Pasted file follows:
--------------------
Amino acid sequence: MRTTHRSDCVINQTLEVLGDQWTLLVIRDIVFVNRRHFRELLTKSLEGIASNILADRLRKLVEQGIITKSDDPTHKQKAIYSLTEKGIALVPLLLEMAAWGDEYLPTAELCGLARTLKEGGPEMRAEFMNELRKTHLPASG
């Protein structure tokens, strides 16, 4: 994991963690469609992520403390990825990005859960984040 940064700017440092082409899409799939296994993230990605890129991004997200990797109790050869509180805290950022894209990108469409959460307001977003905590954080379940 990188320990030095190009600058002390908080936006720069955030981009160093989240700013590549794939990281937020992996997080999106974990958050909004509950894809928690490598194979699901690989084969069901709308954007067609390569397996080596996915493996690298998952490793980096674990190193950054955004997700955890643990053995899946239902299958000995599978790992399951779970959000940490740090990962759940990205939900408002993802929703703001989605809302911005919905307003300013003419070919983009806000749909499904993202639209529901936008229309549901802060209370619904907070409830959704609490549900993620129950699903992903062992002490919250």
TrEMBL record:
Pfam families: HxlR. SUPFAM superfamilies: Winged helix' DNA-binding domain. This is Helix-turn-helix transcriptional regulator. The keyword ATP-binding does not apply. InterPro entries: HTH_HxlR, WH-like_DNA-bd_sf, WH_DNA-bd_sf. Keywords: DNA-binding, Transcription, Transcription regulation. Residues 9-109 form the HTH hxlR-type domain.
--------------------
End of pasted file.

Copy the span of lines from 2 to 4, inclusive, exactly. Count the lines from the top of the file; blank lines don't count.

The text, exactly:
């Protein structure tokens, strides 16, 4: 994991963690469609992520403390990825990005859960984040 940064700017440092082409899409799939296994993230990605890129991004997200990797109790050869509180805290950022894209990108469409959460307001977003905590954080379940 990188320990030095190009600058002390908080936006720069955030981009160093989240700013590549794939990281937020992996997080999106974990958050909004509950894809928690490598194979699901690989084969069901709308954007067609390569397996080596996915493996690298998952490793980096674990190193950054955004997700955890643990053995899946239902299958000995599978790992399951779970959000940490740090990962759940990205939900408002993802929703703001989605809302911005919905307003300013003419070919983009806000749909499904993202639209529901936008229309549901802060209370619904907070409830959704609490549900993620129950699903992903062992002490919250």
TrEMBL record:
Pfam families: HxlR. SUPFAM superfamilies: Winged helix' DNA-binding domain. This is Helix-turn-helix transcriptional regulator. The keyword ATP-binding does not apply. InterPro entries: HTH_HxlR, WH-like_DNA-bd_sf, WH_DNA-bd_sf. Keywords: DNA-binding, Transcription, Transcription regulation. Residues 9-109 form the HTH hxlR-type domain.